The 65 Ainslie Street apartment "FREE COFFEE" sign from Union Ave. (Photo courtesy @chuckorcharlie)

The 65 Ainslie Street apartment “FREE COFFEE” sign from Union Ave. (Photo courtesy @chuckorcharlie)

Back in February, we noticed a FREE COFFEE sign hovering a few stories above the controversial Starbucks on Union Avenue and wondered if it was an olive branch to neighbors who were rankled by the corporate interloper’s bid for a liquor license. But a barista at the Starbucks told us there were no free Frappuccinos to be had, and it quickly became apparent that the glowing sign was either an art installation, an epic prank, or both. Curious to find out, we slipped a note under the door of one of the building’s top-floor apartments, requesting a word with the sign maker. 

Last week, we finally got a text: “This is the guy behind the free coffee sign.”

As it turned out, we had slid our letter under the wrong door, and it wasn’t passed on to the signsters until their neighbors moved out and the new tenants found it under the sink. The sign is now long gone, but in any case: now it can be told.

It turns out the folks behind the sign are Skyler Gross, who works in music production, and Alex Krutchkoff, a 30-year-old originally from North Jersey who has been living in Brooklyn, working in social media advertising for three years. 

We were lucky to score an interview with Kurtchkoff: He and Gross have been ignoring press requests since their first sign, a giant dick, raised controversy with locals back in December of last year. They had agreed to speak to DNAinfo about the glowing glans, and the story that followed set off a media frenzy that hit national news sites and even a Norwegian magazine, Krutchkoff said. (They aggregated some screenshots of the stories on Instagram. )

View of the giant dick from Union Ave. (Photo courtesy Alex Krutchkoff)

View of the giant dick from Union Ave. (Photo courtesy Alex Krutchkoff)

“We realized the power of this window and the real estate, and we wanted to make something that people would look up at and take pictures of and talk about,” Krutchkoff explained. “As the neighborhood changes and these buildings go up, part of it is we want to keep Williamsburg weird and embrace some of the raw street art that makes this neighborhood so appealing and different and edgy.” So, in a “fun, joyous rebellion type of way,” they strung up a homemade dick with wire, zip ties, tape, standard Christmas lights, LEDs, rope lights, “whatever gets the job done.” Suffice it to say, the salty sign was very well hung.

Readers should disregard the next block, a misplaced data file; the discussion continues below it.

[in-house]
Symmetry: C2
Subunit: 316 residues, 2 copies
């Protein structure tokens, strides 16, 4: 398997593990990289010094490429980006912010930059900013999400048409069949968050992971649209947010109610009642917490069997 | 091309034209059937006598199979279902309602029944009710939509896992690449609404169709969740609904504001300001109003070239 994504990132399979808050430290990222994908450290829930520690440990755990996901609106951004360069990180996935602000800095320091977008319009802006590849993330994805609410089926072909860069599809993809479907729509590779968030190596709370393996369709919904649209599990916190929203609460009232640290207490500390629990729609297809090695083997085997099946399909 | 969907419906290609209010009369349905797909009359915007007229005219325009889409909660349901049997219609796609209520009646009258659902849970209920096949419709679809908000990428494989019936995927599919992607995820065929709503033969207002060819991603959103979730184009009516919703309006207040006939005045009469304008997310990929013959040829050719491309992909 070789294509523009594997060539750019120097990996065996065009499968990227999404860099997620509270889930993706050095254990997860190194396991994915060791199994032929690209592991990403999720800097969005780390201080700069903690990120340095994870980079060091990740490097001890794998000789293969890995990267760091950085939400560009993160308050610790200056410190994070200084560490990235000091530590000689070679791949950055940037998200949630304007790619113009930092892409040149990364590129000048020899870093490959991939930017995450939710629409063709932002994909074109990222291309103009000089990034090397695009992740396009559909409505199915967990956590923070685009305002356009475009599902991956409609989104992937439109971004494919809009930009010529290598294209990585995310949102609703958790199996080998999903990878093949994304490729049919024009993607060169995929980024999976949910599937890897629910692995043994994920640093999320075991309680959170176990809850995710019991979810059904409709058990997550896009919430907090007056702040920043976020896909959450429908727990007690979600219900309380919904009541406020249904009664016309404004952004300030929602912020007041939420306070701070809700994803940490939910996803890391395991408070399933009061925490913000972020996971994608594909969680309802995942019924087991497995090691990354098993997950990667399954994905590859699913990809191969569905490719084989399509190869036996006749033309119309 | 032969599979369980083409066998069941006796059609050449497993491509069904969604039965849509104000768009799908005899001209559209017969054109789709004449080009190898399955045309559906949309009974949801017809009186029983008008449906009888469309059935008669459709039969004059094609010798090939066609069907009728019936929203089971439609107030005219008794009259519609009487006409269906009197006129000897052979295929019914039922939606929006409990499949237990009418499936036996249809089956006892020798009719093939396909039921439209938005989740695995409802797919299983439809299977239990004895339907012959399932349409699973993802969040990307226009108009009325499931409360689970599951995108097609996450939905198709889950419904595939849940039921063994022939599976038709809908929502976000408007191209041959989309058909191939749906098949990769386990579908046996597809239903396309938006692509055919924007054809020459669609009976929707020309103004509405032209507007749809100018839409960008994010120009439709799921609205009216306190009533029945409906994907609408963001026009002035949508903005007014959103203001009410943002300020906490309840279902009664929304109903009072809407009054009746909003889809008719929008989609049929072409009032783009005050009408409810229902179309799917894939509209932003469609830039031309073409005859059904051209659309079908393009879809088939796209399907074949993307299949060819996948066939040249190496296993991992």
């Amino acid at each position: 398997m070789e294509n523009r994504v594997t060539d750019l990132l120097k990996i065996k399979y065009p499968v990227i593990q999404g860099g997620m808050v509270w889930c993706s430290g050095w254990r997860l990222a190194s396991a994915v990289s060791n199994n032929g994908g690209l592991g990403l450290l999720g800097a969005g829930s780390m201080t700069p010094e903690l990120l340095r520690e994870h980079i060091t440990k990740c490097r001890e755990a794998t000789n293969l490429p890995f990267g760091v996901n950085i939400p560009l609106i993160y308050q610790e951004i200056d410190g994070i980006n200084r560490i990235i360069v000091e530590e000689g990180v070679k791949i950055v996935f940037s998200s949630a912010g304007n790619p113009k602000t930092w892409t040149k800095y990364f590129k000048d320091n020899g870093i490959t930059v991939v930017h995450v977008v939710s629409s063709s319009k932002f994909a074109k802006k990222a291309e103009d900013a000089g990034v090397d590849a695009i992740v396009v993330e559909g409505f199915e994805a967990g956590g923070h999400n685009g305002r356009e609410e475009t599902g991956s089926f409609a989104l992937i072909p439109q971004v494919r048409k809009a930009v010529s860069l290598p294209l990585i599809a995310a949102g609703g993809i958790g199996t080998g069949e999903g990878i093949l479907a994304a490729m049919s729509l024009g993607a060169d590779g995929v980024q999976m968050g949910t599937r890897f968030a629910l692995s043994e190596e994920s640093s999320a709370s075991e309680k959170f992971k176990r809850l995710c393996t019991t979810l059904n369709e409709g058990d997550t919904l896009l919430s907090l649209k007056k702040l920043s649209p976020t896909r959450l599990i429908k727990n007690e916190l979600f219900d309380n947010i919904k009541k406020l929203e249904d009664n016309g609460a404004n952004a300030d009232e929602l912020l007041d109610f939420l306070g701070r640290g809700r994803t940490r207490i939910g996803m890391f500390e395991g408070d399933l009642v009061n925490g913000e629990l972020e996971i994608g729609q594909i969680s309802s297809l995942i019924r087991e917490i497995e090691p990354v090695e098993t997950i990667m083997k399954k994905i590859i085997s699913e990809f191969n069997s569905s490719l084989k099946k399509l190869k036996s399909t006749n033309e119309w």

A pile of lights in Krutchkoff’s apartment. (Photo: Karissa Gall)

“Social media journalism is a nasty place, as you know,” Krutchkoff told us, “so it was wild to watch that one [DNAinfo] story ripple and get picked up by other people, but they didn’t really add any additional value to the story… they just sort of used the neighborhood quotes in a way that would tell their own side of the story. I learned a lot watching that happen, so we just stayed quiet.” 

The RIP Verboten sign from inside of the apartment. (Photo courtesy Alex Krutchkoff)

The RIP Verboten sign from inside of the apartment. (Photo courtesy Alex Krutchkoff)

After reporters stopped knocking on their door and lost interest in the incandescent dick pic, the duo installed a Darth Vader Santa (for the release of Star Wars: The Force Awakens), an Alien “AYY LMAO” sign (like the internet meme), an RIP Verboten sign with a lightning bolt, halo and radiating rings (when the club got closed down), and the FREE COFFEE sign (their favorite). 

The free coffee sign from inside of the apartment. (Photo courtesy Alex Krutchkoff)

The free coffee sign from inside of the apartment. (Photo courtesy Alex Krutchkoff)

“After we posted that giant dick and we got backlash and people called us ‘frat boy trust fund douchebags’ without really knowing who we are at all, it was fun for us to come up with something that was a little more clever, and show that we’re not just putting up a giant dick, we have more in our back pocket than just that,” Krutchkoff said. The sign was “lightly poking fun at the Starbucks that moved in downstairs,” and pointed out one of the many larger corporations that have been moving into Brooklyn. “That was our innocent way of having fun with that conversation but doing it in a more clever way,” said Krutchkoff, adding that he doesn’t go to Starbucks and prefers The West.

The window has been black for a while now— Krutchkoff said work got in the way of them doing something for the victims of the Orlando shooting— but “it’s the kind of thing where something could happen tomorrow and it could inspire us to put something up, because usually what we’re doing is our reaction to something,” he said. “Who knows.”